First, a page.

Posts Tagged ‘Beitar Ilit’
Firebombs were thrown on the road near the village of Husan which is right next to Beitar Illit in Gush Etzion.
No injuries of damage were reported.Jewish Press News Briefs
Pikud HaOref asks residents of Gush Etzion: Efrat, Kiryat arba, Beitar Ilit and surrounding communities to get to their bomb shelters within sixty (60) seconds from when the siren goes off next time. Previously residents had a minute and a half to get to safety.
Jerusalem time remains the same.
Pikud Oref says this isn’t an official change at this point. Just a review of the current instructions.Jewish Press News Briefs
Update: Police report the girl knew the Arabs who took her, from previous encounters she had with them.
Police are now interrogating the girl under suspicion.
Police say that it appears the girl got into the car of her own free will, but then the two men drove her to Beit Jala and locked her up in a building against her will.
The police know the identity of the two men, and will be arresting them soon.
In what appears to have possibly been another kidnapping attempt on Monday night, police rescued a 21 year old girl from Beit Jala, an Arab village just south of Jerusalem. The girl was grabbed from near Beitar Ilit in Gush Etzion, according to the Judea and Samaria police spokesman.
Between 10 and 11 PM, police say they received a phone call about a girl who was just kidnapped by two Arabs in a white car.
The girl works in the cafe/mini-market in the Sonol gas station near Beitar Ilit. She had met with a girlfriend after work and afterwards, as she was on her way home, a white car stopped, forcibly grabbed her, and drove off.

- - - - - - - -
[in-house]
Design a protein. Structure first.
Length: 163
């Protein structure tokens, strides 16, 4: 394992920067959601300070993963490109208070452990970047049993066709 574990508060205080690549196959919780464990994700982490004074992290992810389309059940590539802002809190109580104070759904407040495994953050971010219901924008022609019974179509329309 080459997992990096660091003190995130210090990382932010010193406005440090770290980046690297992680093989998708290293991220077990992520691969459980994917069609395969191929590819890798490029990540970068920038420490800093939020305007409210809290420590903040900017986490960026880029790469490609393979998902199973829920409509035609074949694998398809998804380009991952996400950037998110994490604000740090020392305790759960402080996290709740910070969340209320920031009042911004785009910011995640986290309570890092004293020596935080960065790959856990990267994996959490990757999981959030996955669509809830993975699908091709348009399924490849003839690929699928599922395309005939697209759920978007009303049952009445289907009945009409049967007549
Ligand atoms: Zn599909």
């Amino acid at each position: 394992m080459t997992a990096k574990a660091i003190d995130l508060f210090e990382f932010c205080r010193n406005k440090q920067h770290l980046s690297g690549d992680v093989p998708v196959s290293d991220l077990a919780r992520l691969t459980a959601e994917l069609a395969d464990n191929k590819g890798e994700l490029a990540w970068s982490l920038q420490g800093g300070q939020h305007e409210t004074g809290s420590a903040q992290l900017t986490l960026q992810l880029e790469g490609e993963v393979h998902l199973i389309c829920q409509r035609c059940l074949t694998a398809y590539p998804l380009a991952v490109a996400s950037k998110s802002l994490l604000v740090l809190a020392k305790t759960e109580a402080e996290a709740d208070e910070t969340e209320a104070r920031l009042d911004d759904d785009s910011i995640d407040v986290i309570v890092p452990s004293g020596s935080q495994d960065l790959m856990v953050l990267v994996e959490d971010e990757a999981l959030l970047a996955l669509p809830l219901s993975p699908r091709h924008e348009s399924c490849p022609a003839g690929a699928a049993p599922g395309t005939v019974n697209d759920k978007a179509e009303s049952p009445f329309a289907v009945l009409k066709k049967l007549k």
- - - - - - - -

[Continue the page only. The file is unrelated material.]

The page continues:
A local Beitar blogger claims the girl managed to call her friend and said she was kidnapped.
Using the missing girl’s number which they had from the girlfriend, the police and army were able to triangulate the missing girl’s position from the cellphone she was carrying.
The army and police found and retrieved her from a building inside the village of Beit Jala.
Beit Jala is in Gush Etzion, just opposite the neighborhood of Gilo in Jerusalem. It is best known for the shootings they used to do from the village into Gilo.
The girl was taken to the Gush Etzion police station where she is with her mother, as police question her further as to the exact circumstances around the event, and to confirm that it was a kidnapping.
Police are searching for the two suspects.
We will update this story when we have more details.TPS / Tazpit News Agency
Instead of searching for the kidnappers of Eyal Yifrah, Gil-Ad Shayer and Naftali Frenkel, police spent Saturday night arresting Jewish teenagers suspected of throwing stones at Arab cars near the Haredi town of Beitar Ilit..
Police asked for the court to extend their remand, but the underage suspects were released by the court.
The incident stemmed from a spontaneous demonstration by Beitar Ilit residents near the entrance to the town. According to police reports, several teenagers threw rocks at Arab cars to protest the abduction.
During the demonstration, police arrested two youths, aged 14 and 16. David Halevi, an attorney appointed by the Honenu legal aid organization to represent the suspects, said the police had little evidence that the detainees threw the stones because so many people had been at the demonstration.
“We believe the police moved quickly to arrest somebody despite the fact that the evidence against the kids is weak, if there was any evidence at all,” Halevi said.Meir Halevi Siegel
Overnight, two firebombs were thrown at Israeli cars on road 60, south of the tunnel checkpoint, near the Beit Illit junction in Gush Etzion.
One of the drivers reported that he saw a terrorist about to throw the firebomb at them, so he hit the gas to get away. As a result, the firebomb landed just behind his car.
The army began searching the area for the attacker. During the search, a car was stopped and in it they found two sniper rifles, a homemade silencer, telescopic sites, bullets and magazine cartridges, according to a report by the Tazpit News Agency. Three Arabs were arrested.
There were other stone throwing and firebomb attacks in Judea and Samaria overnight.Jewish Press News Briefs